Oil falls below $74 in Asia as stock markets retreat, seasonal demand lull anticipated

Oil falls below $74 in Asia as stocks retreat

KUALA LUMPUR, Malaysia — Oil prices fell below $74 Tuesday in Asia, taking a cue from weak stock markets and expectations the end of the summer driving season in the U.S. will sap already weak demand.

Benchmark crude for October delivery was down 50 cents to $73.87 a barrel by late afternoon Singapore time in electronic trading on the New York Mercantile Exchange.

Nearly all regional stock markets were lower Tuesday, providing a negative lead for the oil market which often looks to the performance of equities as a gauge of economic optimism and therefore crude demand.

Oil approached $75 a barrel Monday for the first time in 10 months amid optimism that the world’s economies are on the mend but fell back to settle at $74.37, up 48 cents on the day.

Expectations that demand for energy will grow, at least for oil and gasoline, were spurred by Federal Reserve Chairman Ben Bernanke, who said Friday the recession-hit U.S. economy is reviving. Bernanke’s remarks and signs of improvement in the U.S. housing market sent stock markets higher, and that carried over into the new week.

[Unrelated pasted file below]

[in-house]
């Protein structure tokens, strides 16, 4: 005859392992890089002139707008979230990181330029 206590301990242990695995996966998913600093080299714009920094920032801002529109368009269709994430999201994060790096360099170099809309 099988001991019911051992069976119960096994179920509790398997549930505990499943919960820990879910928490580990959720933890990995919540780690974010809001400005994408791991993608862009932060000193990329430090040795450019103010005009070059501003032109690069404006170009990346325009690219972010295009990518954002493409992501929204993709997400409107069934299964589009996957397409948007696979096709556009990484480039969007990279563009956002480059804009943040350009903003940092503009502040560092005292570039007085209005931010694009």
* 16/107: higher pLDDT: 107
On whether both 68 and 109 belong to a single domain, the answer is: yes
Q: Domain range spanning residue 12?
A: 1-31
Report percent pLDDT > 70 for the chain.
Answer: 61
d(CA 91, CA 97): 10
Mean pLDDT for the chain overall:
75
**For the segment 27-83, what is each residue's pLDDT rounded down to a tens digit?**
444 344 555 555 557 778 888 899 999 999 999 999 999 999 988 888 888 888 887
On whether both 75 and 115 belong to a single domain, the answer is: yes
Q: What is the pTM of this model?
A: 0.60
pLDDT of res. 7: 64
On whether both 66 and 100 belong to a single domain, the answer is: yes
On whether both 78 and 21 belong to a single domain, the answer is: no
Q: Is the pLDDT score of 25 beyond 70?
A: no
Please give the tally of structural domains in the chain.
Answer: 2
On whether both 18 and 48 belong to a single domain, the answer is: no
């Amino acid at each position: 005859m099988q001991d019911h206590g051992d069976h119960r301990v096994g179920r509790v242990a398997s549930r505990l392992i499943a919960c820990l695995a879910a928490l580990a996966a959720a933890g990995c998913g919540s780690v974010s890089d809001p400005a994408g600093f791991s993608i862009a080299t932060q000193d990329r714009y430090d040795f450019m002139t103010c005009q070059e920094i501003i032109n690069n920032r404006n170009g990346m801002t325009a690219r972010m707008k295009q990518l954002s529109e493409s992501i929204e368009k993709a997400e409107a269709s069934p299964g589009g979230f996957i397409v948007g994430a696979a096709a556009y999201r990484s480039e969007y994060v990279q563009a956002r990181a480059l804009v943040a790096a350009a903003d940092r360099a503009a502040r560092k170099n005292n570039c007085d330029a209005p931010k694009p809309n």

Despite the optimism about recovery from recession, analysts say energy demand remains in the doldrums and seasonally lower demand for gasoline as the summer holidays end will exacerbate that weakness.

“Oil at the $70-plus level remain potentially vulnerable because there is little constructive fundamental support, inventories are high and global demand remains weak,” said Victor Shum, an energy analyst with consultancy Purvin & Gertz in Singapore.

“In my view, oil prices will likely give in to the fundamentals in the coming week. Seasonally, oil demand is lower in autumn, so reduced demand in the shoulder season may put further pressure on oil.”

In other Nymex trading, gasoline for September delivery fell 0.91 cents to $2.04 a gallon and heating oil was down 2.15 cents to $1.9020 a gallon. Natural gas fell 2.6 cents to $2.897 per 1,000 cubic feet.

In London, Brent crude was down 64 cents at $73.62.

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